That is why the petition is so brilliant. It showcases the inherent hypocrisy of the anti-GMO position.

When confronted with these objections, GMO critics typically have two responses. The first is that artificial selection takes a much longer time, and therefore there is time to figure out if any unexpected traits have been created. GM technology is simply too fast. There is a sliver of truth here in that GM technology can create a specific desired trait much more quickly than previous methods. But the key phrase there is “desired trait.”

Other methods, like hybrids and mutation farming, quickly cause many changes to the plant genome – more quickly, in fact, than genetic modification. What takes time with these methods is that the changes are random, and so you have to keep trying until you get the desired trait or traits without undesired ones.

This brings us to the final objection of GMO critics, once the rest of their shaky logic is exposed. They argue that the one thing genetic modification can do that no other method can do is to take a gene from a distant species and put it into the target plant. In their minds this is what makes GMOs “frankenfoods.” They spread images of “fishmatoes” to make their point.

From a biological perspective the answer to this is – so what? This objection is based upon the emotion of disgust and a vague sense of purity, but not on science.

There is no such thing as a “fish gene.” There are genes that occur in fish, and about 60% of those genes also exist already in tomatoes and all other plants. Humans and bananas share 60% of their genes (admittedly, the number is somewhat arbitrary depending on how you make the comparison, but the point is still valid).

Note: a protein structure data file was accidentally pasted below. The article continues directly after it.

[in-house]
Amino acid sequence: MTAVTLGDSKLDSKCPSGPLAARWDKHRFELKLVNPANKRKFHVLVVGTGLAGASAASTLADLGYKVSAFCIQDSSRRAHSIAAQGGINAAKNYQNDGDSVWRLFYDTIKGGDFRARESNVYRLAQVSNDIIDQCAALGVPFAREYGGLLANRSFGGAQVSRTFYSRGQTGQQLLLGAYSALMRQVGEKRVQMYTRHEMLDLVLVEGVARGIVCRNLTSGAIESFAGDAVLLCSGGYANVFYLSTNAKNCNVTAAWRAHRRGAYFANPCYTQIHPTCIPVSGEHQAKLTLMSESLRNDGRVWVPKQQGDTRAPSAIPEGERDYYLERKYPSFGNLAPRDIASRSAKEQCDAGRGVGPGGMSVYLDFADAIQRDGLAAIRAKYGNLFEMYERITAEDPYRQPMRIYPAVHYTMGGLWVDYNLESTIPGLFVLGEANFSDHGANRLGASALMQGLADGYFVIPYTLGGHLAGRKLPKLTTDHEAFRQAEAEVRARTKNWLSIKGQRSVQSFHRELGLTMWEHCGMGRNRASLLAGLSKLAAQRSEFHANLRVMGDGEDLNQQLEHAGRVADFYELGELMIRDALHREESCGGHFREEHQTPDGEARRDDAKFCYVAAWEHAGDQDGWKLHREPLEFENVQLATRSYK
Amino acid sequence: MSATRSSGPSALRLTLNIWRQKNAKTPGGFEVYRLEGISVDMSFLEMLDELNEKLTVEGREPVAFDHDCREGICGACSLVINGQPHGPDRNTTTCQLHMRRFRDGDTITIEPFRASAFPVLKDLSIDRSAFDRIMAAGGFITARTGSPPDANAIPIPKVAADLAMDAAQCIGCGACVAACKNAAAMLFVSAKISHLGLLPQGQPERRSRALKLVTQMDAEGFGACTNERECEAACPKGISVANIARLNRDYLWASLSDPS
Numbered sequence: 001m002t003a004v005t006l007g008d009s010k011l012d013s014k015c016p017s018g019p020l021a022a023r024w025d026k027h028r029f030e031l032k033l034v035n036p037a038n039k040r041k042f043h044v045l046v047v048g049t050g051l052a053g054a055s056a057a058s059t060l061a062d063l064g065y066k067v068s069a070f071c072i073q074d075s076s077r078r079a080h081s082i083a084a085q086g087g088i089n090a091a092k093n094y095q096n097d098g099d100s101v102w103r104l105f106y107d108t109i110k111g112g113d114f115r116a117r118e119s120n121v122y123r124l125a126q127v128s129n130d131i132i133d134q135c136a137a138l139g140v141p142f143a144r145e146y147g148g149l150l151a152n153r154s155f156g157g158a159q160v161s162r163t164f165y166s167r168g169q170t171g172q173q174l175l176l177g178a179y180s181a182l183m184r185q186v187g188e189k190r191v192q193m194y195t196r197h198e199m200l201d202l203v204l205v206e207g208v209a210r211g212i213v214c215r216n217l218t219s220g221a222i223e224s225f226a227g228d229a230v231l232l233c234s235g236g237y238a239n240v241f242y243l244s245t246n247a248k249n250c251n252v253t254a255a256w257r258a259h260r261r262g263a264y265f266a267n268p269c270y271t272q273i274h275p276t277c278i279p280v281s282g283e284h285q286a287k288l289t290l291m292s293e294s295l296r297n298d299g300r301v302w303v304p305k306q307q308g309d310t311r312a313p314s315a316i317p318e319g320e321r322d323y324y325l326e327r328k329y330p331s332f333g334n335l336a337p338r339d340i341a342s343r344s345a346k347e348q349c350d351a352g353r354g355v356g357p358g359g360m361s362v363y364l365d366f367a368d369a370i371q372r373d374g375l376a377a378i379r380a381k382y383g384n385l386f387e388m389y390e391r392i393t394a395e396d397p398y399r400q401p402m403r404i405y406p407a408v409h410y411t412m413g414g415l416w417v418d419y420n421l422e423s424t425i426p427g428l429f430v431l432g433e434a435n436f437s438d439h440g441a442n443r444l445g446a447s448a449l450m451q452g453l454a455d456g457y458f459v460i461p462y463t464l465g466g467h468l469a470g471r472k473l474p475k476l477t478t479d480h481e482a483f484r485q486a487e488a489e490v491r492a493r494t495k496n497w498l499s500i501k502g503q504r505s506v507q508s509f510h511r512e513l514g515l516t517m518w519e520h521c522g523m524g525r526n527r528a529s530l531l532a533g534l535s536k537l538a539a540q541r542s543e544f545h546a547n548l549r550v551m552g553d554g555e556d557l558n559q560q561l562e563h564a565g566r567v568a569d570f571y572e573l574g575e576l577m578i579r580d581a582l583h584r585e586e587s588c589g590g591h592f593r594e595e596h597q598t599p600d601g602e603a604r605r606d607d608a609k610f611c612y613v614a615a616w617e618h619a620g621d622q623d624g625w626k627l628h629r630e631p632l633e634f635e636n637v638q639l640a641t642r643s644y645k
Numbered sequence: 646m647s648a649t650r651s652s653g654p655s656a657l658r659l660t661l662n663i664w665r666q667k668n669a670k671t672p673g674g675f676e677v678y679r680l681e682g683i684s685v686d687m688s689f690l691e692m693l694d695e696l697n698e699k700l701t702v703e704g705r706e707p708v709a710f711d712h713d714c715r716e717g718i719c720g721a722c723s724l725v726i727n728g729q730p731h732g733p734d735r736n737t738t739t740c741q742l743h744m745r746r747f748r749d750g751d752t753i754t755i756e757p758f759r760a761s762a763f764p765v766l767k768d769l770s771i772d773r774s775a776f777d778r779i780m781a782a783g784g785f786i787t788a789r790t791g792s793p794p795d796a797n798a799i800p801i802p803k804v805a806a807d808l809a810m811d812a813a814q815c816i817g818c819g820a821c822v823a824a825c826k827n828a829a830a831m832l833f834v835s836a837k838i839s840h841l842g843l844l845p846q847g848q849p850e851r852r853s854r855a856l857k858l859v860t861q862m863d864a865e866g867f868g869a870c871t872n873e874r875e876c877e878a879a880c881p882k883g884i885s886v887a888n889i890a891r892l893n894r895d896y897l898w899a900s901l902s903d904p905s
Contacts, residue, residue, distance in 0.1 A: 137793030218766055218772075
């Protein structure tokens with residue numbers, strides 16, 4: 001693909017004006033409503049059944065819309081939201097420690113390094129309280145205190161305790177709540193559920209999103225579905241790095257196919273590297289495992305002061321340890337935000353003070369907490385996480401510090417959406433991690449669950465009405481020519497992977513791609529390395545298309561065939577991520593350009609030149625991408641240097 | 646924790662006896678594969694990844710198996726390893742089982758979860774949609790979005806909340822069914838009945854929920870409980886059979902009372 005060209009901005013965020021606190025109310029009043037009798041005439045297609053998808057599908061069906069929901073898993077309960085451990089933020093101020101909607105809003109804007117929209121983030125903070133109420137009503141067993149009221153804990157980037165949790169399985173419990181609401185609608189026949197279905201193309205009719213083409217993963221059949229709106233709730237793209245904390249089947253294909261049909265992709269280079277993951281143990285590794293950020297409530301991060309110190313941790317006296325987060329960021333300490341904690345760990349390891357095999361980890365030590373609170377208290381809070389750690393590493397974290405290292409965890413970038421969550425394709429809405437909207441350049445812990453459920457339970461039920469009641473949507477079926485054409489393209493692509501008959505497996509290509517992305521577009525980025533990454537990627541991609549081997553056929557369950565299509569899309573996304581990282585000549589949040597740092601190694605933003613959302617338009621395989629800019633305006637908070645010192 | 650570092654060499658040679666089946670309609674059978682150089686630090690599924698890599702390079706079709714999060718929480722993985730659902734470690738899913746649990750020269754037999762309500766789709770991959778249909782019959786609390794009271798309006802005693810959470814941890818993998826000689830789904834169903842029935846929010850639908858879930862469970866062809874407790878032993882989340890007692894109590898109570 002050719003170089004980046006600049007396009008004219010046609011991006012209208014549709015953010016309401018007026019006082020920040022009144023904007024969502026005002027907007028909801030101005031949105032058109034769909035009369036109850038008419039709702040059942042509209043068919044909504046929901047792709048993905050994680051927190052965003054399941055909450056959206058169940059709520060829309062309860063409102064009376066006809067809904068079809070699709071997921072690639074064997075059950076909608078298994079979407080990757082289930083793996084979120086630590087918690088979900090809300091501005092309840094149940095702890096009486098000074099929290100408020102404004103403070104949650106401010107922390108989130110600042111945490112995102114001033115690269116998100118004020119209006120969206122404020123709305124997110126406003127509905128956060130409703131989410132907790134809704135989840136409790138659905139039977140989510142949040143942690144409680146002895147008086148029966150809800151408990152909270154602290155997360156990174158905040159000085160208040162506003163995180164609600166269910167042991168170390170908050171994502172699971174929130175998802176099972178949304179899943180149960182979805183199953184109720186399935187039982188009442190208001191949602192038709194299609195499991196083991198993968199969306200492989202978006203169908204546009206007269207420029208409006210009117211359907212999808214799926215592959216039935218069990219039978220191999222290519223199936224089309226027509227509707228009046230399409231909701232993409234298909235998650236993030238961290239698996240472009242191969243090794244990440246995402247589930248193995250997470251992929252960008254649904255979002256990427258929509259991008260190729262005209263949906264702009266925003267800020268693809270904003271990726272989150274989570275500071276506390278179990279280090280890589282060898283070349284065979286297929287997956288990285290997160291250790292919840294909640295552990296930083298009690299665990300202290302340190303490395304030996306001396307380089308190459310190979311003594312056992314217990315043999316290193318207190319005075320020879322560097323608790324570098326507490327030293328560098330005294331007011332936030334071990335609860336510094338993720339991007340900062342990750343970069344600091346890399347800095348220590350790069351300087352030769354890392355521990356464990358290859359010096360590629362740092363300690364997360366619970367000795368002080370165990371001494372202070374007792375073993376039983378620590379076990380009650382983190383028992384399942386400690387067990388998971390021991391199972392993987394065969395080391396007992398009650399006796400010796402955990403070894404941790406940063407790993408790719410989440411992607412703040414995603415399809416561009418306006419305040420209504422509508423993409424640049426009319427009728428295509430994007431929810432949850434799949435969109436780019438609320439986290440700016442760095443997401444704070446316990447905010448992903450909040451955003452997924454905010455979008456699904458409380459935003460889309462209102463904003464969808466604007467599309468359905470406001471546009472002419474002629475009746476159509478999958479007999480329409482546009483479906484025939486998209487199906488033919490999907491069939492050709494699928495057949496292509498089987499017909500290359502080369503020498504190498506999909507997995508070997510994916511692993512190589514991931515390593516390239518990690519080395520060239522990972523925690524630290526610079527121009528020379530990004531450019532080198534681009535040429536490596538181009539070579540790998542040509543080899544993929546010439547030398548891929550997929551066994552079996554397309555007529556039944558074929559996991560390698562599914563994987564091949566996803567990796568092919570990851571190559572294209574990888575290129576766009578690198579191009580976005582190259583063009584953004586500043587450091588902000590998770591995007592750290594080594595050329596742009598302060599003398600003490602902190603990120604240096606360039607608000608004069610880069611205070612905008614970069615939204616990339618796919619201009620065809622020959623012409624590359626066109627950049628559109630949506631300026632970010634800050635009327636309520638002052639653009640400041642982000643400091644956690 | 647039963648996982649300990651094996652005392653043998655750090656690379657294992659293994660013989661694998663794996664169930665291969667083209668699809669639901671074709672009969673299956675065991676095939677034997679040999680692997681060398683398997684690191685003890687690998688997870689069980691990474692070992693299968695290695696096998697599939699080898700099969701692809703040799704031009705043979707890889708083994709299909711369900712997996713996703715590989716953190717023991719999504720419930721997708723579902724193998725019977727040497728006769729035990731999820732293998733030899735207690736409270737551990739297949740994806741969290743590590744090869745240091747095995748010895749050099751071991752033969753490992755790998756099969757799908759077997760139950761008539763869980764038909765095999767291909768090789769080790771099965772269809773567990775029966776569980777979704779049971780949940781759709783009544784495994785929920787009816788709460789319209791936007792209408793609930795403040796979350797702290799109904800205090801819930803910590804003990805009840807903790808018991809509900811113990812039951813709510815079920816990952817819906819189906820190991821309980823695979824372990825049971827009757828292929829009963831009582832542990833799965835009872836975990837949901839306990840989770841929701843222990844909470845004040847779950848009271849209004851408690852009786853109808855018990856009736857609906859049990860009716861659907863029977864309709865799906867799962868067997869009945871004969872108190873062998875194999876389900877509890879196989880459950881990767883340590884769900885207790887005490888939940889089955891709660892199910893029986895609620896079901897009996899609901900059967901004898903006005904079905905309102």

Once the gene is inserted into the tomato plant it does not see it as a “fish gene” – it sees it as a gene, just like any other gene. The genetic engineers may have to change the promoter region in order to make the genes compatible, but that’s no big deal. All living things on Earth (that we know of) share a common genetic code. A gene is a gene to all life on Earth. The only thing that matters is the code itself – for what sequence of amino acids does the gene code. The source is completely irrelevant.

The claim is also not factually correct. There are instances of horizontal gene transfer in nature. Recently, for example, it was discovered that sweet potatoes all have a gene from a soil bacterium. This is ultimately irrelevant – again only the gene matters, not the source – but it shows that the “natural” argument also misunderstands how nature works.

More sophisticated GMO critics may further argue that the process of inserting genes disrupts other parts of the genome. There is no evidence, however, that the changes that occur pose any inherent risk or are in any way significant. And again, the overall changes that occur are less than what happens with other breeding methods.

Also keep in mind that once a gene is successfully inserted, the plant is back bred to a desired cultivar several times until a stable line is created. In the end you get the desired cultivar plus the additional inserted gene – with a stable genome.

Conclusion

What is clear is that anti-GMO activists have decided, for whatever reason, that GMOs are evil.  They take this as an article of faith, and then backfill their objections to GMO. They use mutually conflicting arguments, inconsistent arguments, cherry-picked data and justifications that are ultimately based on emotion and not science.

In short, they use motivated reasoning just like any other science-denying group. Their arguments are the intellectual equivalent of antivaxxers or global warming deniers.

The “natural” argument is ultimately vacuous and inconsistent. This satirical petition shows one aspect of their inconsistency. It further shows (and Saletan argued very effectively) that the movement to demand mandatory labels for GMOs is misguided and ultimately hypocritical.